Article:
- He went on a food-trip session at Binondo, Manila, the day before and he was excited to get a preview of the food scene here in the metro.
- When he was asked if he had a book that changed his life, he answered with Yes Man by Danny Wallace. He read it while he was in college, and he feels like reading it changed his behavior..
- Adi started writing Let’s Get Lost only with Leila in mind and he filled in the other characters during the outlining stage of his writing.
- For Adi, the best feedback from his readers would have to be those that are unfiltered. He’s received tons of gushing messages from his readers saying that they’ve related to some of his characters, and they don’t even intend to ask questions about the book. They just want to let him know that they somehow related to how his characters felt. And this is the best for him because he can relate to that feeling.
The host then announced that the first 5 people to ask Adi a question will win an ARC of Adi’s upcoming book from Ink Yard Press, Brief Chronicle of Another Stupid Heartbreak, and I was the fourth one to ask, and so I ended up with a copy! Here was the question I had for Adi:
You’re one of the contributors for Heather Demetrios’ upcoming YA Nonfiction anthology entitled Dear Heartbreak. I know it’s not coming out until after December 2018, but could you share with us your process for writing your letter for that? And also, could you talk about how it felt to write to a real-life teen with a real-life problem?
And to that, he answered:
- He’s been admiring Cheryl Strayed’s Dear Sugar for a while, and so when he got an email invitation to be a part of a project that aims to answer letters and / or give advice to teens, he immediately said yes. He was sent so many letters from teens right after.
- Heather, the editor, then asked the contributors to select a topic that they would be comfortable giving advice about. And because of who he was as a teenager, he wanted to give advice about unrequited love because he feels like he can talk about it.
- After reading 5 to 10 letters, he was able to select the one that called out to him the most, that he felt he could respond to.
- And then he showed the letter to his wife, asking “what should I say?” and she really helped Adi put together the best advice to this teen, and just everyone in general because he feels like by the time that this anthology gets published, the topic and advice that he’ll be giving might not apply to the person who wrote the letter anymore.
- And so in the end, he made sure that he was extra careful and mindful about the advice that he’ll give since there might be other teens who might resonate with his advice as well.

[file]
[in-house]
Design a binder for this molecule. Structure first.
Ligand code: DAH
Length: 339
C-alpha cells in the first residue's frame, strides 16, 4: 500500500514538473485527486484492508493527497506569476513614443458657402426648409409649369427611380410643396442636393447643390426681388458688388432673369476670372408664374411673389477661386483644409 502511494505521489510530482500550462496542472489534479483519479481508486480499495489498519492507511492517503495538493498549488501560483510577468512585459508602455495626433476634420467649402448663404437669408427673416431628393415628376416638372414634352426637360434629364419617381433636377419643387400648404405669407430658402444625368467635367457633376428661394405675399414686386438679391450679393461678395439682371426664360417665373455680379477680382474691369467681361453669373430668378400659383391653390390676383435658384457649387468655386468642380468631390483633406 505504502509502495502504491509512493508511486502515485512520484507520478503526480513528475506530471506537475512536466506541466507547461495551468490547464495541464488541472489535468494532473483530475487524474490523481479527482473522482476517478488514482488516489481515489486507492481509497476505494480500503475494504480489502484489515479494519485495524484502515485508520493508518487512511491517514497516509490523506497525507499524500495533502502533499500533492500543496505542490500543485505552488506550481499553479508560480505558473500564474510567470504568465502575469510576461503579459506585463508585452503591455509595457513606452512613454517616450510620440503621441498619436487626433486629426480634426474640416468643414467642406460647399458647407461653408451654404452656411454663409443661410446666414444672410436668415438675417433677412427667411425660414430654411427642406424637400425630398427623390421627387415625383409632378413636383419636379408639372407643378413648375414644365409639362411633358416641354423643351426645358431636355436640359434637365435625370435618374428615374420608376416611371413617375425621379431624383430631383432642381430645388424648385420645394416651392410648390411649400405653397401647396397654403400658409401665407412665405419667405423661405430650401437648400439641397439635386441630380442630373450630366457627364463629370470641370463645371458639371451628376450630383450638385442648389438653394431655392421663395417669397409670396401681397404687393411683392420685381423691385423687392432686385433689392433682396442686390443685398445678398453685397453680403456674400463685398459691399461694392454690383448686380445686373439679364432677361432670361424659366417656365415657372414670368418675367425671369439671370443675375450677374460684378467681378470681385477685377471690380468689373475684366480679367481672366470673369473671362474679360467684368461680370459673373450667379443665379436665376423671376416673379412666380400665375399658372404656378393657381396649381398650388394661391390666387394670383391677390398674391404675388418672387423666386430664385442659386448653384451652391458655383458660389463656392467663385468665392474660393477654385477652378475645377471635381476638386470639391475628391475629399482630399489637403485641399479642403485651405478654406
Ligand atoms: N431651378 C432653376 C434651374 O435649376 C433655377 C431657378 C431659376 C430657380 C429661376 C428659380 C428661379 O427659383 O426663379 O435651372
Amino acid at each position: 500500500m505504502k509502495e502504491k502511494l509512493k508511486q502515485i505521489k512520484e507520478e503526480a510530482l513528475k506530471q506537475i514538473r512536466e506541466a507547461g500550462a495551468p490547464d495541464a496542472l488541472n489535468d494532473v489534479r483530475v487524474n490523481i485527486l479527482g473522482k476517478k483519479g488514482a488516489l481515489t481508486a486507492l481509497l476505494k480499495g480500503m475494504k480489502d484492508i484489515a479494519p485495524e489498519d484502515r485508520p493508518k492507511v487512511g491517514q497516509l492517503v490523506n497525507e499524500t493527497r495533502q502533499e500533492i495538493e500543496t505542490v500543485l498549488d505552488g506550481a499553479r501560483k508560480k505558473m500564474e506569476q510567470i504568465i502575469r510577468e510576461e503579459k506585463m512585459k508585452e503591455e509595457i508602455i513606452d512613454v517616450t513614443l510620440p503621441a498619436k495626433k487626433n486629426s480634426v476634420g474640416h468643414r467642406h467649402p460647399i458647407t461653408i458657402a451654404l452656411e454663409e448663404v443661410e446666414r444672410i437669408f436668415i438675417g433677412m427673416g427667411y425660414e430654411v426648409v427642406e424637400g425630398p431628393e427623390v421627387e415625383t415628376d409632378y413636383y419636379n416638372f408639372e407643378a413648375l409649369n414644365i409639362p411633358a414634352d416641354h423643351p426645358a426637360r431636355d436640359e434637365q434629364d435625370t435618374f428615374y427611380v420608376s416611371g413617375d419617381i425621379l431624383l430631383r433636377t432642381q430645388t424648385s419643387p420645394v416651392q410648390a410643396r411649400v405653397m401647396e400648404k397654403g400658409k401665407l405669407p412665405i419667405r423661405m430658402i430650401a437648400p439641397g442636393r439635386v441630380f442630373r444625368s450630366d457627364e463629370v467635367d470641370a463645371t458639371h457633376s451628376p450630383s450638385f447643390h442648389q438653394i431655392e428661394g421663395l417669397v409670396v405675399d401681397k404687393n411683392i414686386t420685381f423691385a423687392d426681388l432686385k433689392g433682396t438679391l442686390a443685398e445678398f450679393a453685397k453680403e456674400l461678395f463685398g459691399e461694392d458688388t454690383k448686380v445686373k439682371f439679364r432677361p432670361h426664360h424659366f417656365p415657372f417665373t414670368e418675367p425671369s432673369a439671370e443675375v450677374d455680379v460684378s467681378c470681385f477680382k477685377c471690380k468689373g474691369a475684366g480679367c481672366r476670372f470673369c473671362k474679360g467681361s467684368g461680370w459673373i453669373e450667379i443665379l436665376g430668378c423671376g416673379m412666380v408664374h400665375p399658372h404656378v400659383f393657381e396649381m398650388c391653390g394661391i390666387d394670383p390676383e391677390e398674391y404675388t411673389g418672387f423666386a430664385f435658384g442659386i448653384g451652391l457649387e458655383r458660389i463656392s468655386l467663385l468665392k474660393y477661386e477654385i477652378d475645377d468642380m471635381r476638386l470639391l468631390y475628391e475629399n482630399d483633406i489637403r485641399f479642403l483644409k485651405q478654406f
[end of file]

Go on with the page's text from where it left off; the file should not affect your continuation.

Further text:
Right after the interview, and the photo taking, came the signing proper. I got to talk to Adi about his time in Manila, and he told me how excited he is to get to explore the rest of the country for two whole weeks, care of National Bookstore. I kept on telling him to ride a kalesa, though given the weather, he might take a rain check on that. Here are a couple of photos during the signing segment, along with the books that Adi signed for me:
I loved every single moment of this amazing experience! I wish we had more time to spend with Adi, but of course I can’t hog him to myself for too long. Before leaving, though, I caught up with and took some photos with my friends. Here, if in case you still haven’t had enough of me and my crew:
Now for the thanks:
- Thank you so much to the people at National Bookstore, again, for inviting us to speak about Bookworms Unite. It means a lot to us that you’ve provided us with a huge platform to help promote our advocacy towards leading a reading nation. And also for taking the time and effort to bring Erin Entrada Kelly and Adi Alsaid this year. Thank you! You the real MVP!
- Thank you also to the two authors, Kelly and Alsaid, for patiently signing our books and acknowledging everyone’s love for the same books that they wrote. Your compassion towards the Filipino reading community means the world to us.
- Thank you also to the people who attended our panel. You powered through heavy rains and floods to get to the festival, and if that’s not dedication, then I don’t know what is.
- Thank you to Hazel, Miel, Inah, and Bianca for being great co-panelists. Like I always say, trying to establish a non-profit organization with only a select number of people is for sure going to be hard, but working with you guys is a delight and so I’ll happily endure everything again as long as I’m with you.
Were YOU at the festival? Did you also get the chance to meet Adi Alsaid and/or Erin Entrada Kelly? Tell me all about your experience via the comments section below!
Until the next one!